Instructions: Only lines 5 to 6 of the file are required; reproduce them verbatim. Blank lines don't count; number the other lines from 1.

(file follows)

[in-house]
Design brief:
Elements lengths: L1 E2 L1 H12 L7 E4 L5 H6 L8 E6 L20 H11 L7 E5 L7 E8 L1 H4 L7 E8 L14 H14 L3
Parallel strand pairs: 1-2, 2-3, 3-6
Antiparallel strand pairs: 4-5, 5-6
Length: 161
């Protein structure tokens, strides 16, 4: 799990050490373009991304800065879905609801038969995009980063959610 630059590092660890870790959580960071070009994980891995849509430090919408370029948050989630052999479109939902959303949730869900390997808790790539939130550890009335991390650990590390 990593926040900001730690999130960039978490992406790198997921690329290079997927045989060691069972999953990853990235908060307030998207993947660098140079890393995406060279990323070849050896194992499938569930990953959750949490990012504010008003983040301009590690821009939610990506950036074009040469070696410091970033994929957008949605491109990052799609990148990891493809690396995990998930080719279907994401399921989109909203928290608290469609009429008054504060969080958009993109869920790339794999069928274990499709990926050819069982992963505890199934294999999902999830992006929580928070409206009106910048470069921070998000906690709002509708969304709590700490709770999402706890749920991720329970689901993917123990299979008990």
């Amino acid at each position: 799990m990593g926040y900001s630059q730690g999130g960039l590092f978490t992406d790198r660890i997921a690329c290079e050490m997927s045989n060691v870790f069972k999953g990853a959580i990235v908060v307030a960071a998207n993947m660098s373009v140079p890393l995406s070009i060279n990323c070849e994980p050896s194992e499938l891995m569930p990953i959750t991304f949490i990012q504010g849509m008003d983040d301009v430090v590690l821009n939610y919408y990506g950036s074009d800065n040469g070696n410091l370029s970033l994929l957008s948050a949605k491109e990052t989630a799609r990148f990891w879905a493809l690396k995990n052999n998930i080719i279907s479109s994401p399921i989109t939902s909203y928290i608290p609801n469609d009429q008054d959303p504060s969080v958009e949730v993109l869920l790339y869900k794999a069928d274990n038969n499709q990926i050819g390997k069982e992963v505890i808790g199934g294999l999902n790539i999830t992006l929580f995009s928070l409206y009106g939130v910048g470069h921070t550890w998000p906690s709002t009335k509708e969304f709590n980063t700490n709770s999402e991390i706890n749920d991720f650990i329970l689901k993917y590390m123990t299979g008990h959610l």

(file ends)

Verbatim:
Antiparallel strand pairs: 4-5, 5-6
Length: 161